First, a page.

If you are thinking of starting a small business then this is the book for you. Michael Carter breaks down every aspect of the technicalities of starting up a business from hiring staff, leasing premises, why you might go to your ex-boss for funds and what he/she would expect in return and how to set up salary payments. It does away with unwanted business jargon and has 101 different topics that are divided up with colourful illustrations that help make it an easy to dip into book. Carter even provides a case study for you to follow which ties together most of the topics in the book.
This book is designed for the first-time, would-be entrepreneur and as Carter explains, there are about 5 million businesses in the UK, of which 99.3 percent were small businesses (with fewer than 50 employees). Last year these businesses provided 47.5 per cent of the UK private sector employment and 37.4 per cent of turnover. Carter says that it is important to recognise that going into business is not simply a matter of following numbered instructions as in a recipe. Even if it is the simplest business, there are in fact two strands to it. Firstly, be it bicycle sales, floral throw-making or growing bonsai trees the business itself will have any number of complexities of its own, some of which will be unique to that particular sector of business. We are relying on you to pick something you want to do and probably have skills for.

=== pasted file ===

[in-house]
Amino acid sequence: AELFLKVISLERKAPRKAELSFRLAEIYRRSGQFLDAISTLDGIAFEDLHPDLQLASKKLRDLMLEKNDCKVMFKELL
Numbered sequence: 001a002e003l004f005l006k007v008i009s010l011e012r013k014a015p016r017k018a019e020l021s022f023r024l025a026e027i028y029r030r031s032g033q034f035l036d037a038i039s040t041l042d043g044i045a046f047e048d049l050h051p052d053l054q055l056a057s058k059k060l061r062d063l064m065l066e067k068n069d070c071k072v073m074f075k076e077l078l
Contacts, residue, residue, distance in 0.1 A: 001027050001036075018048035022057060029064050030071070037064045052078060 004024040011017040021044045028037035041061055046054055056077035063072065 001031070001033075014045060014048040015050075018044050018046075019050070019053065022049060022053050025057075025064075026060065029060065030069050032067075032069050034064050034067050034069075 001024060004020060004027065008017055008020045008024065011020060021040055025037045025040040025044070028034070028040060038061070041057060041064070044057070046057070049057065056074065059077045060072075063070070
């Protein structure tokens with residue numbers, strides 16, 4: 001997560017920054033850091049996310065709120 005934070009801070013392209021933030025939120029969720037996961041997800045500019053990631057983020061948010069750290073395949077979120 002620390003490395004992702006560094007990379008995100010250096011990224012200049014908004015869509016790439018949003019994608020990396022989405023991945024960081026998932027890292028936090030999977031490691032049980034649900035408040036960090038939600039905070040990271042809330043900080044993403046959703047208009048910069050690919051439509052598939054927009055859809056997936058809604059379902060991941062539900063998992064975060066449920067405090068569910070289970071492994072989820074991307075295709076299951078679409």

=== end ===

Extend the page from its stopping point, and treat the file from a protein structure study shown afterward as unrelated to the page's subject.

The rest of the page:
These are the complexities and overheads that you encounter along your way. Some are genuinely helpful, while others are more like vastly irritating statutory interference. If you’re a politician or bureaucrat, you call this ‘for the good of mankind’. Most people call it ‘red tape’. You can never predict with certainty which of these you’ll meet, so whilst we have striven to put these subjects into some sort of logical order, this might not be your order and perhaps for some, even after retirement, you’ll ask yourself ‘what was that about?’ However, we have noticed that in practice, business is hugely iterative and you will almost certainly find that once you have started trading you’ll be revisiting any number of these chapters, over and over, probably including ones you had previously regarded as not relevant. Make notes in the book and keep it with you on your journey. The best advice to give you at this stage is to pace yourself. Over time, read all the chapters of this book and try to make a mental note at least of the gist of each. Then, later on, when the appropriate black cloud appears on your trail, you might remember enough to know where to find the solution.
Take The Plunge is available from all good book stores for around £7.99.